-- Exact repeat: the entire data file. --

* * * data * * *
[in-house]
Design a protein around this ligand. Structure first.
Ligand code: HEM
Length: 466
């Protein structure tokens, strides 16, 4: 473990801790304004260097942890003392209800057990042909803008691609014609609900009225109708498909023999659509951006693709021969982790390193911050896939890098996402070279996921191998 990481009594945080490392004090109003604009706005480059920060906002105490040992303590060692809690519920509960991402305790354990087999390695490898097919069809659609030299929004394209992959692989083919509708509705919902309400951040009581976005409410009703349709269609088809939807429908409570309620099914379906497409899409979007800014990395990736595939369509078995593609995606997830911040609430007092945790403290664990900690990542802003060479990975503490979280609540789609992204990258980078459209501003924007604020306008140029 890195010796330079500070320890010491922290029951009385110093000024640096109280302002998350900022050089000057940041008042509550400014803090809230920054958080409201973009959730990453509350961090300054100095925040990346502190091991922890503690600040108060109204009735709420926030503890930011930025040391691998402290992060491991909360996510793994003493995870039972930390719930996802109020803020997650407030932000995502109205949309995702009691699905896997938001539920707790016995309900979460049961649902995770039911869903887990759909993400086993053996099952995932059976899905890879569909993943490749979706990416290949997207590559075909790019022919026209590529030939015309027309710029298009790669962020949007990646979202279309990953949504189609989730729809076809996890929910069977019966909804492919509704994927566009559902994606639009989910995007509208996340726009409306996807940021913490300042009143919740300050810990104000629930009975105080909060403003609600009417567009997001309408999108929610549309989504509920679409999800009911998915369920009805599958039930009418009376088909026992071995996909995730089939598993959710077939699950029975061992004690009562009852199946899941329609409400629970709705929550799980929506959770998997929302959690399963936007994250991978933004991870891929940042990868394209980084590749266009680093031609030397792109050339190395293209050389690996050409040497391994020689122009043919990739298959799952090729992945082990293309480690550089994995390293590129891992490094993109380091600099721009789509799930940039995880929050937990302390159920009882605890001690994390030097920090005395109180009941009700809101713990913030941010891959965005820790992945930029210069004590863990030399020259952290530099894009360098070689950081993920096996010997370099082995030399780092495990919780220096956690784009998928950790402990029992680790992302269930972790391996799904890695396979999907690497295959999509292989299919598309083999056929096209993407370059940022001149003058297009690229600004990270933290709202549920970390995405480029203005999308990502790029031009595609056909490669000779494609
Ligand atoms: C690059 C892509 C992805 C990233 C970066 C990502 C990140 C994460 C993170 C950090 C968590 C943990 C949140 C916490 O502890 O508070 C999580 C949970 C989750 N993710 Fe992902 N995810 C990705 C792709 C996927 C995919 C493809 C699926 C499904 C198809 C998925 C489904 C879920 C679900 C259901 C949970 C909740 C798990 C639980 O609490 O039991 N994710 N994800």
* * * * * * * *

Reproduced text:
[in-house]
Design a protein around this ligand. Structure first.
Ligand code: HEM
Length: 466
């Protein structure tokens, strides 16, 4: 473990801790304004260097942890003392209800057990042909803008691609014609609900009225109708498909023999659509951006693709021969982790390193911050896939890098996402070279996921191998 990481009594945080490392004090109003604009706005480059920060906002105490040992303590060692809690519920509960991402305790354990087999390695490898097919069809659609030299929004394209992959692989083919509708509705919902309400951040009581976005409410009703349709269609088809939807429908409570309620099914379906497409899409979007800014990395990736595939369509078995593609995606997830911040609430007092945790403290664990900690990542802003060479990975503490979280609540789609992204990258980078459209501003924007604020306008140029 890195010796330079500070320890010491922290029951009385110093000024640096109280302002998350900022050089000057940041008042509550400014803090809230920054958080409201973009959730990453509350961090300054100095925040990346502190091991922890503690600040108060109204009735709420926030503890930011930025040391691998402290992060491991909360996510793994003493995870039972930390719930996802109020803020997650407030932000995502109205949309995702009691699905896997938001539920707790016995309900979460049961649902995770039911869903887990759909993400086993053996099952995932059976899905890879569909993943490749979706990416290949997207590559075909790019022919026209590529030939015309027309710029298009790669962020949007990646979202279309990953949504189609989730729809076809996890929910069977019966909804492919509704994927566009559902994606639009989910995007509208996340726009409306996807940021913490300042009143919740300050810990104000629930009975105080909060403003609600009417567009997001309408999108929610549309989504509920679409999800009911998915369920009805599958039930009418009376088909026992071995996909995730089939598993959710077939699950029975061992004690009562009852199946899941329609409400629970709705929550799980929506959770998997929302959690399963936007994250991978933004991870891929940042990868394209980084590749266009680093031609030397792109050339190395293209050389690996050409040497391994020689122009043919990739298959799952090729992945082990293309480690550089994995390293590129891992490094993109380091600099721009789509799930940039995880929050937990302390159920009882605890001690994390030097920090005395109180009941009700809101713990913030941010891959965005820790992945930029210069004590863990030399020259952290530099894009360098070689950081993920096996010997370099082995030399780092495990919780220096956690784009998928950790402990029992680790992302269930972790391996799904890695396979999907690497295959999509292989299919598309083999056929096209993407370059940022001149003058297009690229600004990270933290709202549920970390995405480029203005999308990502790029031009595609056909490669000779494609
Ligand atoms: C690059 C892509 C992805 C990233 C970066 C990502 C990140 C994460 C993170 C950090 C968590 C943990 C949140 C916490 O502890 O508070 C999580 C949970 C989750 N993710 Fe992902 N995810 C990705 C792709 C996927 C995919 C493809 C699926 C499904 C198809 C998925 C489904 C879920 C679900 C259901 C949970 C909740 C798990 C639980 O609490 O039991 N994710 N994800």